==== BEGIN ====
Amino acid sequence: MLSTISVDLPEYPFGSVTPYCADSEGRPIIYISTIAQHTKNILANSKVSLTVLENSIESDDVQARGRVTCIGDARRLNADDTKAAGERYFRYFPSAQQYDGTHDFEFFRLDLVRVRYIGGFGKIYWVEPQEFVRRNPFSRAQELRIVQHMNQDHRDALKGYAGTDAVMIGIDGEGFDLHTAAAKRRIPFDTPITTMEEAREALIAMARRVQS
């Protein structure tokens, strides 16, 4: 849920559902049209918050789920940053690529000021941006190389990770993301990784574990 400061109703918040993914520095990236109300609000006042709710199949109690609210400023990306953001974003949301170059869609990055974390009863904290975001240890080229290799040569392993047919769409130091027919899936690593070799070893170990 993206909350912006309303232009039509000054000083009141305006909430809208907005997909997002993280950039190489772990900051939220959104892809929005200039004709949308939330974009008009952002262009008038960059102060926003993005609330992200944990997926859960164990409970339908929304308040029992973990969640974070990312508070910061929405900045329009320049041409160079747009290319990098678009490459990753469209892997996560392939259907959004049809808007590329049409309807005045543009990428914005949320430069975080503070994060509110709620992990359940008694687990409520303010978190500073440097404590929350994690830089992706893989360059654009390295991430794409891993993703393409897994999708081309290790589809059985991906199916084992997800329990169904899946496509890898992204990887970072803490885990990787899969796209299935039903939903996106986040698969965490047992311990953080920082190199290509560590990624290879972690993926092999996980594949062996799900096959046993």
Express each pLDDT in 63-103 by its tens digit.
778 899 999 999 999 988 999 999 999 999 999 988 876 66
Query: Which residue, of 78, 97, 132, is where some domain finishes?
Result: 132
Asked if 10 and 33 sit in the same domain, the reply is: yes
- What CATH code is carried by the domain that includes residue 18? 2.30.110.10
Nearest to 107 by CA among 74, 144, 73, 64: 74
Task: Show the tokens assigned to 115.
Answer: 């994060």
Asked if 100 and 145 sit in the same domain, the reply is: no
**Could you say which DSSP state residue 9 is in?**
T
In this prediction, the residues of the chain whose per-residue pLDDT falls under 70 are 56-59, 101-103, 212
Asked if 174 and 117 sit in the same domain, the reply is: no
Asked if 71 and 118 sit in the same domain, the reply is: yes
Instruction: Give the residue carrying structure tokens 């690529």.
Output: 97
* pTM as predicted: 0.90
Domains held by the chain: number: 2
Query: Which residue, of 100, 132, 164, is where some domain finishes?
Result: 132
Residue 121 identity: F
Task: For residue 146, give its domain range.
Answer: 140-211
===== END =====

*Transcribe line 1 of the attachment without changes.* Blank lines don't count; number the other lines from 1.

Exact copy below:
Amino acid sequence: MLSTISVDLPEYPFGSVTPYCADSEGRPIIYISTIAQHTKNILANSKVSLTVLENSIESDDVQARGRVTCIGDARRLNADDTKAAGERYFRYFPSAQQYDGTHDFEFFRLDLVRVRYIGGFGKIYWVEPQEFVRRNPFSRAQELRIVQHMNQDHRDALKGYAGTDAVMIGIDGEGFDLHTAAAKRRIPFDTPITTMEEAREALIAMARRVQS